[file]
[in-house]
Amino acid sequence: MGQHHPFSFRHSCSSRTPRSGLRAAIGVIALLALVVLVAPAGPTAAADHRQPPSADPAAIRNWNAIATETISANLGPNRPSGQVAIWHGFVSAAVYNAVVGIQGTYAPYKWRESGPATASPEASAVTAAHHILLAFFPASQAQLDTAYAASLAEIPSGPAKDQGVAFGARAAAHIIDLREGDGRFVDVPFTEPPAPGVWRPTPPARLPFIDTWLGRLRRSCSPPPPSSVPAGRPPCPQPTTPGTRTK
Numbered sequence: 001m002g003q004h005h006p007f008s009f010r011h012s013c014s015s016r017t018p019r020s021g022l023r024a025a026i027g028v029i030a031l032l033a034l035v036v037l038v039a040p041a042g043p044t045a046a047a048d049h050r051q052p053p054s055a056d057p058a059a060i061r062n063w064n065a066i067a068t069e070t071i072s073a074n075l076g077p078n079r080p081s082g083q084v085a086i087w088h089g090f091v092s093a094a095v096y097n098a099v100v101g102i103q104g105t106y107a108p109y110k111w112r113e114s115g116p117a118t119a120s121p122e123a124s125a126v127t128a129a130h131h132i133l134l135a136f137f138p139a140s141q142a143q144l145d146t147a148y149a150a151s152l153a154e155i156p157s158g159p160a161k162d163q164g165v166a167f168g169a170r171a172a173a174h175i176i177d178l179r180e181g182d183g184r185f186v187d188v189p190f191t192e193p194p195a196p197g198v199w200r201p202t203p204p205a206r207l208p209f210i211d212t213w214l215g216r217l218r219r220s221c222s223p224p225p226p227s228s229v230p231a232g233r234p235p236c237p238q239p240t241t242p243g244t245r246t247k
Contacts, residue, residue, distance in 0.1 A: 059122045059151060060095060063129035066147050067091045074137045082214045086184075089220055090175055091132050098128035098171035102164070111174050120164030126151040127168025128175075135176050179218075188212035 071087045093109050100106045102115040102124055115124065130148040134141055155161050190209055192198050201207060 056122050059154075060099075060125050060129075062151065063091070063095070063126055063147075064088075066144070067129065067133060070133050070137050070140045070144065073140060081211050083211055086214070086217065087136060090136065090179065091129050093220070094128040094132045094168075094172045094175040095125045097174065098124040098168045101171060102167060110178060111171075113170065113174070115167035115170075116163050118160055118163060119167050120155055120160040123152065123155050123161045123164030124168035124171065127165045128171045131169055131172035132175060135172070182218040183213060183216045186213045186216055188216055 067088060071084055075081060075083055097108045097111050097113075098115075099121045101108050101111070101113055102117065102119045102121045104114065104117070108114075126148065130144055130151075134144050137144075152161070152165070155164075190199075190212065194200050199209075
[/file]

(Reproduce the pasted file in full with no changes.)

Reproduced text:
[in-house]
Amino acid sequence: MGQHHPFSFRHSCSSRTPRSGLRAAIGVIALLALVVLVAPAGPTAAADHRQPPSADPAAIRNWNAIATETISANLGPNRPSGQVAIWHGFVSAAVYNAVVGIQGTYAPYKWRESGPATASPEASAVTAAHHILLAFFPASQAQLDTAYAASLAEIPSGPAKDQGVAFGARAAAHIIDLREGDGRFVDVPFTEPPAPGVWRPTPPARLPFIDTWLGRLRRSCSPPPPSSVPAGRPPCPQPTTPGTRTK
Numbered sequence: 001m002g003q004h005h006p007f008s009f010r011h012s013c014s015s016r017t018p019r020s021g022l023r024a025a026i027g028v029i030a031l032l033a034l035v036v037l038v039a040p041a042g043p044t045a046a047a048d049h050r051q052p053p054s055a056d057p058a059a060i061r062n063w064n065a066i067a068t069e070t071i072s073a074n075l076g077p078n079r080p081s082g083q084v085a086i087w088h089g090f091v092s093a094a095v096y097n098a099v100v101g102i103q104g105t106y107a108p109y110k111w112r113e114s115g116p117a118t119a120s121p122e123a124s125a126v127t128a129a130h131h132i133l134l135a136f137f138p139a140s141q142a143q144l145d146t147a148y149a150a151s152l153a154e155i156p157s158g159p160a161k162d163q164g165v166a167f168g169a170r171a172a173a174h175i176i177d178l179r180e181g182d183g184r185f186v187d188v189p190f191t192e193p194p195a196p197g198v199w200r201p202t203p204p205a206r207l208p209f210i211d212t213w214l215g216r217l218r219r220s221c222s223p224p225p226p227s228s229v230p231a232g233r234p235p236c237p238q239p240t241t242p243g244t245r246t247k
Contacts, residue, residue, distance in 0.1 A: 059122045059151060060095060063129035066147050067091045074137045082214045086184075089220055090175055091132050098128035098171035102164070111174050120164030126151040127168025128175075135176050179218075188212035 071087045093109050100106045102115040102124055115124065130148040134141055155161050190209055192198050201207060 056122050059154075060099075060125050060129075062151065063091070063095070063126055063147075064088075066144070067129065067133060070133050070137050070140045070144065073140060081211050083211055086214070086217065087136060090136065090179065091129050093220070094128040094132045094168075094172045094175040095125045097174065098124040098168045101171060102167060110178060111171075113170065113174070115167035115170075116163050118160055118163060119167050120155055120160040123152065123155050123161045123164030124168035124171065127165045128171045131169055131172035132175060135172070182218040183213060183216045186213045186216055188216055 067088060071084055075081060075083055097108045097111050097113075098115075099121045101108050101111070101113055102117065102119045102121045104114065104117070108114075126148065130144055130151075134144050137144075152161070152165070155164075190199075190212065194200050199209075